USB adapter ordered!
Tue Jun 3 22:56:56 CDT 2014
Keying circuit installed. I used a 4N32 to isolate the external key from the CPU. This seems to work just fine.
6-pin DC cable also arrived. Connected to my 20A power supply and I don't get any power out from the radio. When I either key with CW or just enter MOX, the fans ramp up and DC current goes to about 5A. No power out -- in fact, I can't even hear myself in a nearby receiver. This was tested on both 14 and 50MHz. HF and VHF receive sounds great. (Nothing on 70cm nearby that I would expect to be able to hear.) The fact that it's uniformly affecting both HF, 6 and VHF (probably UHF too) makes me think the problem is further up/back.
Further keyer investigation: When the 'keyer' function is activated, pin 20 has a 128mVpp, 146hKz signal. Goes away when the keyer function is disabled.
When key 'keyer' is off, pin 18 has a 46mVpp, 146kHz signal.
Still no good ideas for what's going on with keyer weighting on pins 24, 25, 26, 27.
According to the FT990 service manual:
Wed Jun 4 23:15:09 CDT 2014
More debugging. Radio doesn't transmit. TX LO from PLL board ok. TX IF from AF/CTL -- nothing. Followed back to the 1st and 2nd mixer, no signals. Back to TX DDS -- no signal out. Crap. However, the 6.73 MHz signal in -- it gets to the RX DDS but not to the TX DDS.
Probing Q1125...the 6.73MHz signal gets there but not out. But where's the bias/power on the transistor? Fortunately there's another exact DDS unit on the board where I can compare voltages -- in fact, there's no +5V to the DDS at all. Probing further, it looks like L1013, a 330uH SMD inductor is not passing any DC.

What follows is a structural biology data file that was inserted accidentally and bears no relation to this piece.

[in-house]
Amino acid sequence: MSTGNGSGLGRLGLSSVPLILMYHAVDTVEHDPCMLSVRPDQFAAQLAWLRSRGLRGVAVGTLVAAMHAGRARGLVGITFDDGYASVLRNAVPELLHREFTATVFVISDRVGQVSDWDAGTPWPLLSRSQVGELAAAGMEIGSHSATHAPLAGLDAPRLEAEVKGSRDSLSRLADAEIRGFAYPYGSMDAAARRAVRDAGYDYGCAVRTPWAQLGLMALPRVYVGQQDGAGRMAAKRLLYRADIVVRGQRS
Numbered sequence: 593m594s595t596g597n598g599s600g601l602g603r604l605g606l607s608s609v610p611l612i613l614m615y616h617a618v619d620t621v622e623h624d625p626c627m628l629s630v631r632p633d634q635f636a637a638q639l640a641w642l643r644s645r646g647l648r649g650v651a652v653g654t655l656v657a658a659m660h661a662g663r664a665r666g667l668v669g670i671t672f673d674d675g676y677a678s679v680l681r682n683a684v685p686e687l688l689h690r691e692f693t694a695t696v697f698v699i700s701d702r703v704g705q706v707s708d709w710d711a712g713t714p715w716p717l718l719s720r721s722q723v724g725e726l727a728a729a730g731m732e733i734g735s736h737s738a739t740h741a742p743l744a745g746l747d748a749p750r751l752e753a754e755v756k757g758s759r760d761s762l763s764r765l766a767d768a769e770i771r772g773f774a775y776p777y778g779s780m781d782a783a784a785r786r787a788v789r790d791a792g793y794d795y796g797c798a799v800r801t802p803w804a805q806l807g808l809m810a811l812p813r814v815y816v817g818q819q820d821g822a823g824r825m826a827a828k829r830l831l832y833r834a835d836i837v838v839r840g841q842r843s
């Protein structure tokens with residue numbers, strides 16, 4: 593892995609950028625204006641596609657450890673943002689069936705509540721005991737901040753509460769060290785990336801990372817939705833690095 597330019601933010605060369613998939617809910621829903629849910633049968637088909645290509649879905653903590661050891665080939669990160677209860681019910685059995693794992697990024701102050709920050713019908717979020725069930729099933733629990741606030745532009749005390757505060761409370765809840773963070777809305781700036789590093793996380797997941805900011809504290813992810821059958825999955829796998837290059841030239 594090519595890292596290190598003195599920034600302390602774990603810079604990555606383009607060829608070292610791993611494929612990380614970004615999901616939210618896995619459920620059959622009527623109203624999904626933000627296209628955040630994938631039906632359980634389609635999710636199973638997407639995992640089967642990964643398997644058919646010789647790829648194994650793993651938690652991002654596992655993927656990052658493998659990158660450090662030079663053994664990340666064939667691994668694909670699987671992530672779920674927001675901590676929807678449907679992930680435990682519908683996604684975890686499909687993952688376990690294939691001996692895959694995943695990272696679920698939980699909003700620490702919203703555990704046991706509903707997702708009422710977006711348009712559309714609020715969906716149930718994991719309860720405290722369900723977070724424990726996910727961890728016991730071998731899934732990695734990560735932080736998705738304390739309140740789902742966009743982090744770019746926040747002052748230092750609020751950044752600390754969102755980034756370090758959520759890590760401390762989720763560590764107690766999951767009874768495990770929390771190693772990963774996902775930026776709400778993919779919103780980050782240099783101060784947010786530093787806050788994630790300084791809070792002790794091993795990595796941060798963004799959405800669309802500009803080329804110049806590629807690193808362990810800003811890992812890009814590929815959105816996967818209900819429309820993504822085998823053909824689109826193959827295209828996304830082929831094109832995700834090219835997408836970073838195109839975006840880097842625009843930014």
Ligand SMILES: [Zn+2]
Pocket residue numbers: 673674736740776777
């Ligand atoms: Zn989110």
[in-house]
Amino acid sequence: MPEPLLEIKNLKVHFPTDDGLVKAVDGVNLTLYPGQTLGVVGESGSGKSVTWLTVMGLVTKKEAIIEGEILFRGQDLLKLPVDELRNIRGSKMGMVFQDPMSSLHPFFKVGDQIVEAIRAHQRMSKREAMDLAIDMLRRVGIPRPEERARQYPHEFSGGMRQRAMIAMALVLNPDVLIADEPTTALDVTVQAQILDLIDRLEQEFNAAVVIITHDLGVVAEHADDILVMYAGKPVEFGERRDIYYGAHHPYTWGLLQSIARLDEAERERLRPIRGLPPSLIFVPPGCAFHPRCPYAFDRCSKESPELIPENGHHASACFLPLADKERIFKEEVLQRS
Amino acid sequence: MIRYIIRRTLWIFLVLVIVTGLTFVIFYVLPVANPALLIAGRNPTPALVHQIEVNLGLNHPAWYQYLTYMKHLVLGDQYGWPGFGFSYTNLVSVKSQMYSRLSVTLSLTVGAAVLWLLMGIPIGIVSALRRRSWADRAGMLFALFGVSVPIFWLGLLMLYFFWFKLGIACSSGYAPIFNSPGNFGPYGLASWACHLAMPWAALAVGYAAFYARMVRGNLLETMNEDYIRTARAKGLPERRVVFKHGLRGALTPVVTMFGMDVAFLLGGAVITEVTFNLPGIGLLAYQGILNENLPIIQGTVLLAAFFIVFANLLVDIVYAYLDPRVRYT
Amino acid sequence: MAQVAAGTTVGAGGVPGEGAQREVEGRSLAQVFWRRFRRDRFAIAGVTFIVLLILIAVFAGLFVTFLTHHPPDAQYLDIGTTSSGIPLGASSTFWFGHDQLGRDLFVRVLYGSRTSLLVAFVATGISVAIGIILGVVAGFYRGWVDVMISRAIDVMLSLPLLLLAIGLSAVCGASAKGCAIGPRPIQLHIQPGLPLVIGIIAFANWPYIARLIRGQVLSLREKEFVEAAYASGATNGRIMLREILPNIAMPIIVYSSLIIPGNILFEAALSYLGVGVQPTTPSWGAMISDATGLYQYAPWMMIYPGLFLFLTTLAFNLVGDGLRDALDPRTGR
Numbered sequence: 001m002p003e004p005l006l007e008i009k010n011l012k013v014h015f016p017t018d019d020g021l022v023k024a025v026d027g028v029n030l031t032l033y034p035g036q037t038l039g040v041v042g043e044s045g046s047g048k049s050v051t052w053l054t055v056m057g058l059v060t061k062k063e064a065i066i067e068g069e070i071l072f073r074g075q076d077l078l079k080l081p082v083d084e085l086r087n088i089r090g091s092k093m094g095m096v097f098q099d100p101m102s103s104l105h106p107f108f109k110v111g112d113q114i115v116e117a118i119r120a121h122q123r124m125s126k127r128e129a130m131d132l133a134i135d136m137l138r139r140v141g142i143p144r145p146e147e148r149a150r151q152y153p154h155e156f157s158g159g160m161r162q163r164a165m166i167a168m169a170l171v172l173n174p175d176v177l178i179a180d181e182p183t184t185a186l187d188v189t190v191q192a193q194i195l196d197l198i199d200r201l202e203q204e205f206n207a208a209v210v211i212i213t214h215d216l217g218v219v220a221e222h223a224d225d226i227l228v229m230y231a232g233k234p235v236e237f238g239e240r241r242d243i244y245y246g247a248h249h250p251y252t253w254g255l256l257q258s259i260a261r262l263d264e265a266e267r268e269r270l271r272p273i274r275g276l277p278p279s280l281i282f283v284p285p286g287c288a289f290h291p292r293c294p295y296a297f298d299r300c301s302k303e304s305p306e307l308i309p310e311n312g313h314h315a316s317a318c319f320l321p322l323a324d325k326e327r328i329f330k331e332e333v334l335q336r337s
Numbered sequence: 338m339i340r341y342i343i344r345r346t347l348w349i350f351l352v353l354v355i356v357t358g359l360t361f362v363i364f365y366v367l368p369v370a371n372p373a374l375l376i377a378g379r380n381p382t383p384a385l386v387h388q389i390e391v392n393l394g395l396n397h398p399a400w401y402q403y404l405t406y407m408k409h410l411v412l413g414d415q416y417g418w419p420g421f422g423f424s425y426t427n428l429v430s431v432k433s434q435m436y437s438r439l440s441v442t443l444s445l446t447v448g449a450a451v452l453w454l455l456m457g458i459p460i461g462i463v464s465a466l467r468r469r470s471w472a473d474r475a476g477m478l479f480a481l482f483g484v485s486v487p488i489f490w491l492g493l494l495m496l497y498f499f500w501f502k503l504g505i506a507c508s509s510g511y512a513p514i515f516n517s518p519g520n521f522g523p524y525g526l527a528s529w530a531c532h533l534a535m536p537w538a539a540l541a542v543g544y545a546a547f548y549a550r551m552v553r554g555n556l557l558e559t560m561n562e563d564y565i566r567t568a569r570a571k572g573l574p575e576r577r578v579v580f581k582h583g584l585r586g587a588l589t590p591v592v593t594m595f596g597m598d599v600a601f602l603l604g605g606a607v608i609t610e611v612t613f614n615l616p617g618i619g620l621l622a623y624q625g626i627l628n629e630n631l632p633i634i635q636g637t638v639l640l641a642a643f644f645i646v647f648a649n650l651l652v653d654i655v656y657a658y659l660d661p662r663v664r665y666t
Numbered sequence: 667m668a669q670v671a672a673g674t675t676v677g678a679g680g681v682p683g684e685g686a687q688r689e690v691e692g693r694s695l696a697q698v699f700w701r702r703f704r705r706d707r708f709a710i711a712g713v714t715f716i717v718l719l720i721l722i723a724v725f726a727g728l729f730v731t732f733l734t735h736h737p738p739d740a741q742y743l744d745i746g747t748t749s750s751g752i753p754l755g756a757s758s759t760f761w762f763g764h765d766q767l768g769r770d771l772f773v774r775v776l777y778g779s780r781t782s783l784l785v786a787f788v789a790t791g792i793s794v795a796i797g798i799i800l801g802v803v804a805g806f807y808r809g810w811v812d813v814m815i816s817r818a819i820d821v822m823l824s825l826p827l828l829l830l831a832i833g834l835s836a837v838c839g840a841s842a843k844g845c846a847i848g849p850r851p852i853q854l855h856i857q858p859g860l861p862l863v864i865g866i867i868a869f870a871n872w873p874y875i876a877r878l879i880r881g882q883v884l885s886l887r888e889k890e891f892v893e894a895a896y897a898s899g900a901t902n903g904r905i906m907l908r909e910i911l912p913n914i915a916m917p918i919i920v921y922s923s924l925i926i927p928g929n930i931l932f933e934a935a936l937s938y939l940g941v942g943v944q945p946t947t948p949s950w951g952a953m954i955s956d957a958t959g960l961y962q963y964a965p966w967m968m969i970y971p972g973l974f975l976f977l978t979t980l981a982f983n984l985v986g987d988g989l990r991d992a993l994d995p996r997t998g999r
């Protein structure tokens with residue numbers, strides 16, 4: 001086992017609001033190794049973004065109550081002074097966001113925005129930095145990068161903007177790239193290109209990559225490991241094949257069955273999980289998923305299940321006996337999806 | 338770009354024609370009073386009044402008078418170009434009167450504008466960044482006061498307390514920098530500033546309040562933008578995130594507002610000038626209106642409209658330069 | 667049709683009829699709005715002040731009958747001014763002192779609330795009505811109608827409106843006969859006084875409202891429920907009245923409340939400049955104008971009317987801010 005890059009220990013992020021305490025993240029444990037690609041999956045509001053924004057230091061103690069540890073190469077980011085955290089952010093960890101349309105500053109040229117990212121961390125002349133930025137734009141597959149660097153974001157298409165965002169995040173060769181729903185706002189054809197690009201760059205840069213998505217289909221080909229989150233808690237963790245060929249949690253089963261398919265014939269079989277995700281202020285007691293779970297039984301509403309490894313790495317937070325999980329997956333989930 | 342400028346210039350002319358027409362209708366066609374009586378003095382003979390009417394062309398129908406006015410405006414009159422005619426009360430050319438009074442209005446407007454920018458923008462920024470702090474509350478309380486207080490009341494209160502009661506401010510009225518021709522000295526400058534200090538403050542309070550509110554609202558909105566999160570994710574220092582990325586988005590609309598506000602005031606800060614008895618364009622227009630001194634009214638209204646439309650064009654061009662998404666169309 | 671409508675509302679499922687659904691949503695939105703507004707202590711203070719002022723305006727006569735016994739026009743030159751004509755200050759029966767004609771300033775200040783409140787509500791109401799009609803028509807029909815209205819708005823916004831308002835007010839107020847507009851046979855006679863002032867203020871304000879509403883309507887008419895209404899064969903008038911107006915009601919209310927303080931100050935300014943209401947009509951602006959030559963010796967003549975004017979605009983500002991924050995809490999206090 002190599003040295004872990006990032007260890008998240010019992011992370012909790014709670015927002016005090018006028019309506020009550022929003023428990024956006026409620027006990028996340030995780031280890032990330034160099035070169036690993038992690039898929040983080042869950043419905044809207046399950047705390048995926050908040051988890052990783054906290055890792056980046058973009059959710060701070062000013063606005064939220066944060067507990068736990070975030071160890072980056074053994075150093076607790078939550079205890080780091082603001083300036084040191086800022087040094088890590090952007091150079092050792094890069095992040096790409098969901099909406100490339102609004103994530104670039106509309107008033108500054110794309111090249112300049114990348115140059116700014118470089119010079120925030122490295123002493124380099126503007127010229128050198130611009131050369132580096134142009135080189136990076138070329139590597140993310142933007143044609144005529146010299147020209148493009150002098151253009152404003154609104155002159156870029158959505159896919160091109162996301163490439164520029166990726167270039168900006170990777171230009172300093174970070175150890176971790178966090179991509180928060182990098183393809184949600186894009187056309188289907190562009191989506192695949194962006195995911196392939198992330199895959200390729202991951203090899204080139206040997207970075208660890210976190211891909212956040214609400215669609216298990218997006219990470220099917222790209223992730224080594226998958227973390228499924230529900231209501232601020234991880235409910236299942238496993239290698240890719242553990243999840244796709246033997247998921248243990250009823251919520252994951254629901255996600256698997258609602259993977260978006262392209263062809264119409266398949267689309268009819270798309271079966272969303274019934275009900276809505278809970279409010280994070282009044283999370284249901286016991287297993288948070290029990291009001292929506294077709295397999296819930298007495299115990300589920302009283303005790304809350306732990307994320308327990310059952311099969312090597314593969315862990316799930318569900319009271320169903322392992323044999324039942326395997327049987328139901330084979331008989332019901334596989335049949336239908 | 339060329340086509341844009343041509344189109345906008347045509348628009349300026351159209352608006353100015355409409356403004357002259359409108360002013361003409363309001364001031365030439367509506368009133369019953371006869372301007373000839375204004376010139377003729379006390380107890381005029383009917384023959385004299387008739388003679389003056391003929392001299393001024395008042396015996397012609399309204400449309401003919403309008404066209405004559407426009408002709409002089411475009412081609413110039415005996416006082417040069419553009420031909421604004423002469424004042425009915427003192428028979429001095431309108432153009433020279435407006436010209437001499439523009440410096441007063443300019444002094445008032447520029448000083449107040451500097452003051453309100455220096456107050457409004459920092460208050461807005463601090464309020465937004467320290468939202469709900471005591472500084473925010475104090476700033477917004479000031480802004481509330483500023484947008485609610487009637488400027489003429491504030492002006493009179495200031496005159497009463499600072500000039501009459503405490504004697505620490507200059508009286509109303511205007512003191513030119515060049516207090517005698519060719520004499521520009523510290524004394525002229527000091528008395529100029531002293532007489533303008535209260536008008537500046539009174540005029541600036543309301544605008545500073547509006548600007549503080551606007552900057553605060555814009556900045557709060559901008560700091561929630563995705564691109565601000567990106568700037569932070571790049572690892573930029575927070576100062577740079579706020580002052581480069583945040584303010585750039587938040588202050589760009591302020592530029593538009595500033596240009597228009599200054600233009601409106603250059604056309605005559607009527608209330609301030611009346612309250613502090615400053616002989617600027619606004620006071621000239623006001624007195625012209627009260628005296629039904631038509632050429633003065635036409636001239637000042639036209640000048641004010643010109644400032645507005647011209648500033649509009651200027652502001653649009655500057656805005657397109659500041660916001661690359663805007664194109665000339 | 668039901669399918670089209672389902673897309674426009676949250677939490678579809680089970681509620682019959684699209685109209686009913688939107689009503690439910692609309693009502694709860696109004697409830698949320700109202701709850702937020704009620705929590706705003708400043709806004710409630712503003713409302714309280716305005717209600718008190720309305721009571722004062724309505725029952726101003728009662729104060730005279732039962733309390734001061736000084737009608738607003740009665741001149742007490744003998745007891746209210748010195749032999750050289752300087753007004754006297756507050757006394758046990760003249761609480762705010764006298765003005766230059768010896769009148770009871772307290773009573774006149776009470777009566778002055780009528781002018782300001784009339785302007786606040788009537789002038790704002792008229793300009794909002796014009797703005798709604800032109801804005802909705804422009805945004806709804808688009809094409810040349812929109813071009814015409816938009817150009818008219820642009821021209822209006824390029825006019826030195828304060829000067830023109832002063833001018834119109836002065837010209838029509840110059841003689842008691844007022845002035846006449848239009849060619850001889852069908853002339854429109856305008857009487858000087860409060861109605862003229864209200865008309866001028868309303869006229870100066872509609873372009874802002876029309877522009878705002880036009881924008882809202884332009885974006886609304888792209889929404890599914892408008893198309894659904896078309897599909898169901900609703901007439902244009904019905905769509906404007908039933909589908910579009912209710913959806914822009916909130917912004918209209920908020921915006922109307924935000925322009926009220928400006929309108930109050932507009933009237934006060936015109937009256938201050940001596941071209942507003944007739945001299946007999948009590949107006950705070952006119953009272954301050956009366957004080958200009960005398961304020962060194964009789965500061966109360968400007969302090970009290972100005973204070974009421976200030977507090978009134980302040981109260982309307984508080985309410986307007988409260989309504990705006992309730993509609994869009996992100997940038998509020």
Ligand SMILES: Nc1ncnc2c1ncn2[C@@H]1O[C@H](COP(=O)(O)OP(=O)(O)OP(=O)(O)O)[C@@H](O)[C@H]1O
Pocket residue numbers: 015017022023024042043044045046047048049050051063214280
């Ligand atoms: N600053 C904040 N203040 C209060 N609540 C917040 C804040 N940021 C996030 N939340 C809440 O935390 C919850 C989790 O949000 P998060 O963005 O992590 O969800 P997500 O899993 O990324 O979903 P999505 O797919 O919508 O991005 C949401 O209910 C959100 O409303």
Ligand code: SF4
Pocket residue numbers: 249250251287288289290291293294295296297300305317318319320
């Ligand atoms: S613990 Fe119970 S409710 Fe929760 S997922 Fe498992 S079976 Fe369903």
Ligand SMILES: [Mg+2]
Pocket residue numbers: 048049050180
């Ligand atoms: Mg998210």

inductor -- failed open
Upon removal, the inductor is definitely a DC open. I don't have any 330uH SMD inductors, but I do have a 120uH. I don't think the value is critical for late-nite (wait, it's 12:20 a.m.?) go/no-go testing -- it's DC filtering. I install what I've got.
I don't know how much power out, but it's enough to make my auto-tuner do its thing, which is more power out than before. I'll get my wattmeter connected later.
I'll order a replacement inductor with the correct value from DigiKey later; this will do for now.
Mon Jun 9 23:09:52 CDT 2014
The CC-USB232 arrived.
The CC-USB232 is a drop-in replacement for the Amphenol board-mounted RS232 connector used on many devices including the FT847. It's a a drop-in replacement, almost.
The FT847 is wired DTE, just like a PC serial port. That's why everyone needs to use a null-modem cable with their '847. The CC-USB232 is wired DCE (which makes sense!), so I need to swap lines 2 and 3 on the Yaesu. The other flow-control lines are looped back on the radio, they can be ignored.
Some closer pics of the device. They really did a nice job of shoehorning this functionality within the space defined by someone else.